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Confusing fiscal policies worry Kenya investors

Central Bank of Kenya Governor Patrick Njoroge
Central Bank of Kenya Governor Patrick Njoroge during a press conference on the Monetary Policy Committee (MPC) meeting on January 28. PHOTO | SALATON NJAU 

Kenya's fiscal and monetary policies have been conflicting, raising concerns among investors who rely on them to make decisions. The Central Bank of Kenya (CBK) has moved towards a more accommodative stance to encourage commercial banks to boost lending to the private sector.

Its Monetary Policy Committee (MPC) in January cut the Central Bank Rate by 25 basis points to 8.25 percent, saying the economy was operating below its potential.

This was a consecutive cut made from 9.00 percent in last November. The policy stance to encourage private sector lending is, however, likely to run into headwinds in the form of increased Treasury appetite for domestic debt.

There has been a gradual rise in the interest rates for short-term government securities, attributable to the fact that the Treasury is under pressure to meet its domestic borrowing target.

And this despite fiscal consolidation touted by the Treasury from the second half of fiscal year 2019/2020.

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“Conversation with players in capital markets is that the policies are coming out as a sticky issue. The movement in yields speaks of borrowing pressure to attract investors to Treasury bills and bonds in the first half of 2020,” Churchill Ogutu, senior researcher at Genghis Capital, said.

“There was a plan on fiscal consolidation but by in large, we don’t see it happening even with the supplementary budget that has an increase in expenditure, raising the conflict. The market is in a confused mode.”

The supplementary budget for 2019/2020 effected a net increase of Sh78.1 billion on the initial budget to Sh3.13 trillion, necessitating an upward adjustment in domestic borrowing from the initial Sh300.3 billion to Sh391.4 billion.

The deficit, inclusive of grants in the 2020/2021 fiscal year, is projected to reduce to Sh569.4 billion from Sh715.2 billion in 2018/2019. But gong by past practice the Treasury has found it hard to implement these budget cuts.

To finance the fiscal deficit, net domestic borrowing is projected at Sh318.9 billion and foreign financing at Sh247.3 billion.

According to Mr Ogutu, banks may continue to lend government, helping meet their targets, meaning that the rate cap repeal in November may not fully entice the banks to lend to customers whose risk remains elevated.

“Banks are split on the direction to take in credit extension, and are still lending to government. Lending to private sector is not as robust as expected,” he said.

“They will be weighing the risks and opportunities to lending. The anecdotal evidence to lend after the rate cap repeal has not been so.”

The CBK is in the meantime trying to revive private sector credit growth, the Genghis analyst said, alive to the fact that there are some fragilities in the economy.

This has been shown by the fact that consumption is still muted. Inflation as an indicator of private consumption stood at 5.78 percent in January compared to 5.82 percent in December, in spite of a rise in food prices.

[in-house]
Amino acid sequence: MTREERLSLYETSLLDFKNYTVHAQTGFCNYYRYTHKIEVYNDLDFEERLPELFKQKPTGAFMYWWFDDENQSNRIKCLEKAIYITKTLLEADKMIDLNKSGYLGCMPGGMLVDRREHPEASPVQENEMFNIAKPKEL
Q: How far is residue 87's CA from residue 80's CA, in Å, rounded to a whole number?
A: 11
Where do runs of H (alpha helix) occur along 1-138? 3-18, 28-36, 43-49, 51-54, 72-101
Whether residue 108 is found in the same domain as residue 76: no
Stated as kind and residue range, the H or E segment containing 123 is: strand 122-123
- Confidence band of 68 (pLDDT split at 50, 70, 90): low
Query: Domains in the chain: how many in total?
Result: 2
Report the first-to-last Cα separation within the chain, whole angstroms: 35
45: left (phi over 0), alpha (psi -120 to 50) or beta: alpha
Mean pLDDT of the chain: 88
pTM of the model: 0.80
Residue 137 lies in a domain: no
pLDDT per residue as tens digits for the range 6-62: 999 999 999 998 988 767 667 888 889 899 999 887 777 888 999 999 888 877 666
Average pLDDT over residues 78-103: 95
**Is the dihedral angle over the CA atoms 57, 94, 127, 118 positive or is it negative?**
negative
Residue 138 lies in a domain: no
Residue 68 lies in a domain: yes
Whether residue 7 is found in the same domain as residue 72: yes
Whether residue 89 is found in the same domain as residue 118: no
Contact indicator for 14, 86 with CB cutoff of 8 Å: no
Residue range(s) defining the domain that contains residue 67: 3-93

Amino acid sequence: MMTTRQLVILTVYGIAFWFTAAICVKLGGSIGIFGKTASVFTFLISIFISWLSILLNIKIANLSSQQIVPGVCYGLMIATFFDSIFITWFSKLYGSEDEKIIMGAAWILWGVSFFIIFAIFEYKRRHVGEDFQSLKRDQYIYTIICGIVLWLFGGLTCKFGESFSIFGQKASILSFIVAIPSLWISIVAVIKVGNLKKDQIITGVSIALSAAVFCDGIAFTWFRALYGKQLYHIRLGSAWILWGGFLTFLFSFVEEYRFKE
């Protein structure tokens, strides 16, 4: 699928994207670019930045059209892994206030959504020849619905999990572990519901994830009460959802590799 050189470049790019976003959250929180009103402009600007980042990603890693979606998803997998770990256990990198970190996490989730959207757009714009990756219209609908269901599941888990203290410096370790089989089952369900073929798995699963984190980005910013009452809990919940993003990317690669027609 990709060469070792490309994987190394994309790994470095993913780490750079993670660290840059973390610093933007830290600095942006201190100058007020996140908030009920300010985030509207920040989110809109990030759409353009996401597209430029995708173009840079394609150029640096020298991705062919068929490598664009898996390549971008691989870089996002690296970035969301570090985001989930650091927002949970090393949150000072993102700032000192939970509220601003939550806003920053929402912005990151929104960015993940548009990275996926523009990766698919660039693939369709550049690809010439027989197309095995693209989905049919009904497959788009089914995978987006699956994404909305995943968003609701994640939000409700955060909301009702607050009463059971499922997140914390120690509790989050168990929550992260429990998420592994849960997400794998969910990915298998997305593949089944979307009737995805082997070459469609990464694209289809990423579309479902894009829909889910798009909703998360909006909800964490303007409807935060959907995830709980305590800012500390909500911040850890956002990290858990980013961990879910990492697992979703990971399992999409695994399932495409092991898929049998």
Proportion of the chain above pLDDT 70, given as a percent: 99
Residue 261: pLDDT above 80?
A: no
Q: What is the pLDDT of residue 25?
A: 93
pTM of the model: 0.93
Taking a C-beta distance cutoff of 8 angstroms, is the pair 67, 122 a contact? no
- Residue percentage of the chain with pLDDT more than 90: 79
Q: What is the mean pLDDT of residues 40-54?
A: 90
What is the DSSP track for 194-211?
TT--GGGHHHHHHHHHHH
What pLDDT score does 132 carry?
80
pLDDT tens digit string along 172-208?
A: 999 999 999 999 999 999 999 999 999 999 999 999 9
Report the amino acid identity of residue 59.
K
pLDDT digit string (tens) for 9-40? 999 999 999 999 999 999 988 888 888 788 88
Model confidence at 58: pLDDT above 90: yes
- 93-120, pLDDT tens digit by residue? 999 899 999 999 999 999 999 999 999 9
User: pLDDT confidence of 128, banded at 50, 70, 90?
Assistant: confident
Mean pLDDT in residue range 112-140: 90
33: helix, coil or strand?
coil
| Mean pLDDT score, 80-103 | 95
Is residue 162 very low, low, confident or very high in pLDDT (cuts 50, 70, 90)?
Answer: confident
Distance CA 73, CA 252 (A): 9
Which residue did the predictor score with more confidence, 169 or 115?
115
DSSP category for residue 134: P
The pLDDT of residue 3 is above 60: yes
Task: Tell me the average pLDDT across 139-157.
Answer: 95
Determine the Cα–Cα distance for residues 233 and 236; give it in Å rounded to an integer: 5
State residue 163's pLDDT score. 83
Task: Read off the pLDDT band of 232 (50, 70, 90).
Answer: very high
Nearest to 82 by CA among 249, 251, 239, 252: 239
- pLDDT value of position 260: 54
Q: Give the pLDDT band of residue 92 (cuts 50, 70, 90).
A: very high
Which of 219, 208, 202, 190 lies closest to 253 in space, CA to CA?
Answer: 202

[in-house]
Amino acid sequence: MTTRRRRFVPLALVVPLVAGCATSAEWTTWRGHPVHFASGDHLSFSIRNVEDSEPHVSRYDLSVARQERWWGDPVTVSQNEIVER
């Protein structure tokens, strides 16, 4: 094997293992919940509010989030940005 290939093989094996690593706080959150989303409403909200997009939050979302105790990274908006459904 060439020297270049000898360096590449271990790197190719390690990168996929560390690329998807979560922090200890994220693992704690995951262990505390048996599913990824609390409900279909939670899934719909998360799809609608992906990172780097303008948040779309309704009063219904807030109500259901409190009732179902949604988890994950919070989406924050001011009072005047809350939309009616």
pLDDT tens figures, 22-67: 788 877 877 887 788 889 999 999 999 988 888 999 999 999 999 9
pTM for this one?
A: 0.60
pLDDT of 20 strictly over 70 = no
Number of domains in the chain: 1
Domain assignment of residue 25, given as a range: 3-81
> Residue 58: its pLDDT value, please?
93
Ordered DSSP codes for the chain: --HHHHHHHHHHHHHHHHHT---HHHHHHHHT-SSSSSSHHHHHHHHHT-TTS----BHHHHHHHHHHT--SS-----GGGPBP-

This is indicative of the spill-over effects of contractionary fiscal policies that have seen an increase in taxes, while pending bills are still an issue and many Kenyans have lost jobs.

“There is still no much demand pressure in the economy from both households and businesses, hence a bit lower end of the projections in credit growth,” said Mr Ogutu.

Thus, conventional wisdom would point to an all-out effort to improve the circulation of money in the economy, with an improvement in private sector lending one of the options on the table.

Against an earlier expectation of 11.3 percent, private sector credit growth in the 12 months to December 2019 stood at 7.1 percent.

This was observed mainly in manufacturing (9.2 percent), trade (8.9 percent), transport and communication (8.1 percent), and consumer durables (26.0 percent).

Growth in private sector credit, particularly to micro, small and medium-sized enterprises (MSMEs), is expected to increase gradually due to the deployment of innovative MSME credit products, the repeal of interest rate caps and the continued easing of credit risk, as stated by the MPC.

“The repeal is a window for increased borrowing, but the appetite is not there due to the business environment they operate in may not be conducive. When this is addressed that is when we can see some uptick in private sector,” said Mr Ogutu.

“Company layoffs and property auctions speak to depressed disposable income.”

According to the analyst, the cap removal may bear fruit towards the last quarter of 2020 or early next year.

“The environment is still fragile and it will take much more than just a rate cut to stir banks to start lending. There is usually some lag with most of these measures hence the need for transmission to take effect, improving early next year,” he added.

The investment bank has projected real GDP growth rate of 5.7 percent in 2020, while the CBK set this at 6.2 percent, driven by service industry which account for 45 percent of the GDP and after years of steady growth.

However, escalated political noise around the BBI constitutional reforms and a possible referendum is expected to have an impact on the services sector.

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